The Las Vegas Monorail has filed a bankruptcy reorganization plan that would wipe out more than 90 percent of its $658.8 million debt but leaves hurdles to continued operation until the end of the decade.
Investors with $451.5 million in senior bonds, which were sold in 2000 to purchase the original monorail and expand it to 3.9 miles, would exchange their holdings for three sets of IOUs totaling $44.5 million. Each set will have different terms.
Two other tiers of bonds with a lower repayment priority, totaling $207.3 million, would be erased. Because the monorail's value has been set at a small fraction of the senior bonds, the others are considered worthless under bankruptcy law.
The plan raises the potential payout on the senior bonds from the $18.5 million the monorail first proposed in August, an opening proposal that drew sharp objections from the bondholders. Since then, the two sides have negotiated revisions that will face their first court hearing on May 25.
The board of directors would expand from five to seven, with the new seats designated for bondholder representatives.
Attorney Bruce Woodbury, who sits as a director of the nonprofit monorail, said further alterations could come.
"This is not a final agreement but it is close," he said, referring to the message at a Wednesday board meeting that immediately preceded the court filing. "The current plan reflects a lot of the concerns of the creditors."
Attorneys for the bondholders could not be reached for comment.
Monorail management refused to comment.
However, even if U.S. Bankruptcy Court Judge Bruce Markell approves the plan, which would probably come this summer, this is only the first step in ensuring the monorail's long-term survival.
According to the disclosure statement, the legally required explanation of the plan, the monorail will not generate enough revenue to repay the stripped-down debt and cover a major overhaul looming in 2019. One consultant estimated the bill to replace fare collection equipment and platform doors at $23.1 million, while another believes more work will be needed at cost of $77.5 million.
Remaining in operation beyond then, the document said, would require "obtaining additional capital through the expansion of the existing monorail system, obtaining federal infrastructure funds or grants or through private financing or investment."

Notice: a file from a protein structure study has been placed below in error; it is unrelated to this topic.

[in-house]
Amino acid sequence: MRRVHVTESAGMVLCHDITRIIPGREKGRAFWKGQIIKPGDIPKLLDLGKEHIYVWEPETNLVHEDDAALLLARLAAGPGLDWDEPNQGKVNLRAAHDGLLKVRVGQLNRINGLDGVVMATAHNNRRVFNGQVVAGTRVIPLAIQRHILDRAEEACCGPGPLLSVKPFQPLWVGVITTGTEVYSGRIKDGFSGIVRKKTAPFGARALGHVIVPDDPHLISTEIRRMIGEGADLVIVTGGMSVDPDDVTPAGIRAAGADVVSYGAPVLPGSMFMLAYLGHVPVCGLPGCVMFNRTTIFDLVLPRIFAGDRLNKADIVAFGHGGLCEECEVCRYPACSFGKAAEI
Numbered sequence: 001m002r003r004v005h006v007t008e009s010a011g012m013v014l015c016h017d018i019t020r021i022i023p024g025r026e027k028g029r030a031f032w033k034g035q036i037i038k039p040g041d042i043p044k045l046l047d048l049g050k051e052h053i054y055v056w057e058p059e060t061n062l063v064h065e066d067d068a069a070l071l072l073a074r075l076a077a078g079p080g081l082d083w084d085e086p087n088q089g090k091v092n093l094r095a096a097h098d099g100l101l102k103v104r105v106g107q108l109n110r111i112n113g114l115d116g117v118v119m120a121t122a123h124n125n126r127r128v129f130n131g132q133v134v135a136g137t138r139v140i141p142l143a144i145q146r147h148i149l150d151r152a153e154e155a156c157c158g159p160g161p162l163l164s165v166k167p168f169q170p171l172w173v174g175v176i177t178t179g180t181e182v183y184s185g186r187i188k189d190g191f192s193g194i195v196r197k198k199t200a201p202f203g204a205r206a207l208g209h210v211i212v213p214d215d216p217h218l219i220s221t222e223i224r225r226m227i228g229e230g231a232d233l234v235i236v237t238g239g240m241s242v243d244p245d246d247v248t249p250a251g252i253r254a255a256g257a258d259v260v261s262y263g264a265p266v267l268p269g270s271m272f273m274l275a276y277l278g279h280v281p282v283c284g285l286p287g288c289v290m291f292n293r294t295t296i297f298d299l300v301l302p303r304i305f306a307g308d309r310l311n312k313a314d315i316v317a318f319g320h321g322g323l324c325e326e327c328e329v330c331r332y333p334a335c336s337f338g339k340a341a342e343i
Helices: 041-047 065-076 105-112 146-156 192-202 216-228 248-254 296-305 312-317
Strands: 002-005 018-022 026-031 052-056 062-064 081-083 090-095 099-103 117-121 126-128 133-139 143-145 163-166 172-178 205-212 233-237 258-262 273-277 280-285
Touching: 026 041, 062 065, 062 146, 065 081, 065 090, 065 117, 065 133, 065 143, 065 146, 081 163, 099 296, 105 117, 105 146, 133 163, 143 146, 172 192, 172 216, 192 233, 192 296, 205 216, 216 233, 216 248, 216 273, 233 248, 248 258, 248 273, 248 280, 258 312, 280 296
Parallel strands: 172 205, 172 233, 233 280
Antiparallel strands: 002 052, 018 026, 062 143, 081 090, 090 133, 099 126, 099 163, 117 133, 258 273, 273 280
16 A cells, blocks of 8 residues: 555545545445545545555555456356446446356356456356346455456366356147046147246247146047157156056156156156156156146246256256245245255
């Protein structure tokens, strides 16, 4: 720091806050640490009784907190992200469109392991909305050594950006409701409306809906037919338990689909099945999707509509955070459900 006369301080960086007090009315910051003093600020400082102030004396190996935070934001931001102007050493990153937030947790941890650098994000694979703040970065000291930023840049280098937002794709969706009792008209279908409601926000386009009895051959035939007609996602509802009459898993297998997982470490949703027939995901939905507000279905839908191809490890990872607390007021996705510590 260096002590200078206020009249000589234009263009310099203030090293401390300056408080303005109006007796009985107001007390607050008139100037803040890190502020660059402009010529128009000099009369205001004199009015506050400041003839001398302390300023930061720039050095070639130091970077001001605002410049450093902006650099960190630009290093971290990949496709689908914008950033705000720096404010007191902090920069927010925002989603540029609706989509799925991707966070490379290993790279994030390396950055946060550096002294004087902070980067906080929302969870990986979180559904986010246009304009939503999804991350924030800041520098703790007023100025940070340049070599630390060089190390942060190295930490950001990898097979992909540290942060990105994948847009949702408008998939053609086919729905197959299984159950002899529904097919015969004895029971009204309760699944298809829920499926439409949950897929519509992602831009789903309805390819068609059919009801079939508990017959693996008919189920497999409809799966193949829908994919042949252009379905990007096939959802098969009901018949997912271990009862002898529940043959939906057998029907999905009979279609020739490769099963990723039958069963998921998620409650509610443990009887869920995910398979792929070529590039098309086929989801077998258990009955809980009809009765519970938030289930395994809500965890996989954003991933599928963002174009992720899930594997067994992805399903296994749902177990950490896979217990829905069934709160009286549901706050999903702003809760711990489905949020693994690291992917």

For several years, monorail leaders have thought that lengthening the line to McCarran International Airport from the current southern terminus at the MGM Grand was necessary to draw enough passengers to make the finances work without government subsidies. For several years, passenger counts and revenues have dwindled.
"We're working very hard on a plan that would allow expansion to the airport and possibly additional stations," Woodbury said. "We're hopeful we can accomplish this."
But longtime critics of the monorail's route, running roughly parallel to the Strip to the east, doubt many airline passengers would want to walk from a station to a hotel lobby, especially properties on the west side of the Strip.
The monorail began in 1993 as a link between MGM Grand and Bally's, but was turned over to the current nonprofit a decade ago. The premise that it would be the only private transit line in the country to pay for itself was quickly undermined when operations restarted in 2004, as ridership and revenue projections turned out to be much higher than reality.
The monorail has covered operating costs but fell well short of paying off the bonds. From 2007 through 2010, revenues dropped 25 percent to $23.6 million in operating income slumped 65 percent to $4.3 million. Passenger counts went down by a third to 5.2 million.
Besides what they would get from the monorail, bondholders are in line to receive $111 million in cash and $98.5 million in notes and bonds from Ambac Assurance Corp. Ambac insured the bonds against default, but numerous financial problems drove it into receivership last year. The payments would flow following approval of a settlement proposed in that case.
Contact reporter Tim O'Reiley at email@example.com or 702-387-5290.